Michael L Torrie
torriem at chem.byu.edu
Fri Jun 15 17:07:52 MDT 2007
On Fri, 2007-06-15 at 12:00 -0600, Steven Alligood wrote:
> I guess it depends on what you term "firewall".
I'm currently defining it as a Layer 3 firewall, which seems to be
exactly what the original poster was talking about. pfSense appears to
be a very good piece of software for implementing a Layer 3 firewall on
a piece of hardware.
> If you are running a basic packet inspection firewall (ie, iptables) and
> all you care about is which port can get where and from which ip, but
> you don't want to do stateful inspection or any kind of guarantee that
> someone isn't just tunneling whatever they want on your http port, then
> current PC hardware with open source software should do you (assuming
> that you can push the 4 GB through the pc, hardware wise). And yes, the
> PIX falls into that category.
Typically commercial "hardware" packet filters run up to $10,000. When
we went to replace our NetScreen, we found the basic model that would
handle sub-100 Mb/s would run us about $10,000. We settled on a Cisco
Pix for about $5000-$6000, mainly for political reasons (see my comments
on this below). A Linux firewall in fact worked far better than the
I have yet to see evidence that a Layer 7 firewall is that effective.
>From my limited experience I have found it's better to implement
solutions at the application level itself. For example, an out-going
proxy server, rather than a layer 7 firewall. Now that Layer 7
firewalls are more popular and known, people tend to fall into a false
sense of security and forget that firewalls were never intended to
protect oneself from flaws in the very applications (HTTP for one) that
you are trying to serve.
As far as countering http tunneling goes, a transparent proxy (or
blocking port 80 entirely and requiring the use of a corporate proxy) is
a far better way of dealing with things. BYU has a Layer 7 firewall and
it causes no end to difficulties and you can bet they've bought the most
expensive system Cisco makes.
> And yes, high end firewalls are often on the same type of hardware.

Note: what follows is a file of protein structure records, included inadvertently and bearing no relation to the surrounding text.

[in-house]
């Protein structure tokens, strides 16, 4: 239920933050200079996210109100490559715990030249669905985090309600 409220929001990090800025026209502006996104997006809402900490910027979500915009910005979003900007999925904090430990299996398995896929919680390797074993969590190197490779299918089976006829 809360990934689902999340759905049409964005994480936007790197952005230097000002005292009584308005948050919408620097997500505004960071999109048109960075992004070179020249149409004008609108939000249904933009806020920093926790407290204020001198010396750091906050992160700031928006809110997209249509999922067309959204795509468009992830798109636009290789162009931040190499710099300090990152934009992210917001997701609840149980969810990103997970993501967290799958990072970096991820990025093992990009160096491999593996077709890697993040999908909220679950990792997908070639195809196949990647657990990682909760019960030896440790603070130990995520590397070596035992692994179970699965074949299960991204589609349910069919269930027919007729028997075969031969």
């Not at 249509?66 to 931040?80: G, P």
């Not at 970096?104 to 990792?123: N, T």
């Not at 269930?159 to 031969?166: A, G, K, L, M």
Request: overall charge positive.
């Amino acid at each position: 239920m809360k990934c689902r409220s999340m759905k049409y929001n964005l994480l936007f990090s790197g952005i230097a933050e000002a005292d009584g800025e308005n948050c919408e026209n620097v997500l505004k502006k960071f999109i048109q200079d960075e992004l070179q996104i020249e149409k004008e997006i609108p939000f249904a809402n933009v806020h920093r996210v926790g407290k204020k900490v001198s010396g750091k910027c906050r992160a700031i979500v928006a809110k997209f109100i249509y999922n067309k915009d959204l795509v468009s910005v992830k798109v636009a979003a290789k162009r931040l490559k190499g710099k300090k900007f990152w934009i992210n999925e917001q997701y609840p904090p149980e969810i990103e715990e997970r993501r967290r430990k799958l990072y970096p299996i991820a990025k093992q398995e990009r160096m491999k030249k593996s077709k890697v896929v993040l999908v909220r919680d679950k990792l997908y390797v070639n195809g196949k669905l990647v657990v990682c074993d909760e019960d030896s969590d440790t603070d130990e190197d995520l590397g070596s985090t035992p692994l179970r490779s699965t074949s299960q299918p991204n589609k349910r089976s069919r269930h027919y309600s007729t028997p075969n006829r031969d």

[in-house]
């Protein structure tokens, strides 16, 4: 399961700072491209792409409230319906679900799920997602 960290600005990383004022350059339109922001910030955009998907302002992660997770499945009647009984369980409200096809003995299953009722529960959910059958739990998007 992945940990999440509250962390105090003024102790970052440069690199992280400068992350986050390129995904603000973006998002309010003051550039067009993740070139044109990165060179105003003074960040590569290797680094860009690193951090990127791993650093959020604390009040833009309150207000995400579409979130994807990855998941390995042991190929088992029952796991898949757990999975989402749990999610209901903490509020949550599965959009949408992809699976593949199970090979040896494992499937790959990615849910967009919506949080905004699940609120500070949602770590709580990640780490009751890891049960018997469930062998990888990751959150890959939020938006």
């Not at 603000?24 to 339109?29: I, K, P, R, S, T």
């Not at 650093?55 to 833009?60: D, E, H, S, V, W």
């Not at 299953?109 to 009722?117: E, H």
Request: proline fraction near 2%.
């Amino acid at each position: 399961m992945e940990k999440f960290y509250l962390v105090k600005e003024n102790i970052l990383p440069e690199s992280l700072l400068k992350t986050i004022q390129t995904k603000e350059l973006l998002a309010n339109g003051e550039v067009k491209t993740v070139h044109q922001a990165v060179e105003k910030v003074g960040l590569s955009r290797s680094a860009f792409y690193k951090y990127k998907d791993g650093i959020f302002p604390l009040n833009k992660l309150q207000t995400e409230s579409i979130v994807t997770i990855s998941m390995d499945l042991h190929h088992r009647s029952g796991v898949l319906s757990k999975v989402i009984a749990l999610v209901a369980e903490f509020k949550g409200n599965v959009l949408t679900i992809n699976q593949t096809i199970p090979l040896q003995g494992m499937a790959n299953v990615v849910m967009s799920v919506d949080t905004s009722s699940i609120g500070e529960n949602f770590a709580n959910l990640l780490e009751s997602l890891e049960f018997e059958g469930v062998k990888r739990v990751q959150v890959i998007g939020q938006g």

> What you pay for is the software.
Which is not worth it, as far as I'm concerned. IOS is really good, but
let's be honest. IOS in the PIX is not worth the $6000 it costs.
> An example. There are a lot of really good spam block packages out
> there for open source. They do a really good job of stopping spam. But
> they overload and become almost worthless for really large amounts of
> spam (say, 500,000 messages a day)(and please don't everyone flame me on
> this stat. I know it can vary greatly depending on how aggresive you
> want to block spam - I am attempting to compare apples to apples on what
> the commercial products will do). Step up to Ironport and their
> competitors. They can handle over 600,000 per hour. They still stop
> the spam, in many of the same ways that the open source ones do, and on
> very similar hardware.
I've seen expensive commercial products choke just as easily as an open
source solution. I've also seen commercial products blast through
amazing amounts of traffic.
However, for this specific example, I think what you say really drives
the point home. If I can implement a cheap linux-based solution that
can handle 100,000 a day for a fraction of the price of the Ironport, I
can scale that solution up to Ironport levels at still less cost than
the Ironport. It's PHB thinking (the culture) that drives Ironports
sales. The perception of the value of service (perception is reality so
one should do whatever one perceives brings the most value).
> There are many reasons people buy commercial products, and they are not
> all just for support or to use up a budget. Some of the commercial
> products are really good.
> All I am trying to say is that on an enterprise or even carrier grade
> level, often the commercial product will blow the open source ones out
> of the water. It's how they make money.
I disagree to a certain point. Commercial products make money primary
based on a culture. They also make money based on spec sheets that are
designed to impress PHB's. In short it's about marketing. I've rarely
seen any enterprise decision based on merit. You can't get fired for
buying IBM, Sun, and Cisco. Sure products should and often do compete
on their own merits. But in vast majority of the enterprises, it's all
about culture, brand, etc. It's not about merit, features, or
components, really. (Witness the wild success of Microsoft's products.)
> Having said that, if you can get the free ones to do what you need, go
> for it. I run a lot of open source software, with some of it being
> hands down better than the commercial versions (dns, anyone?)
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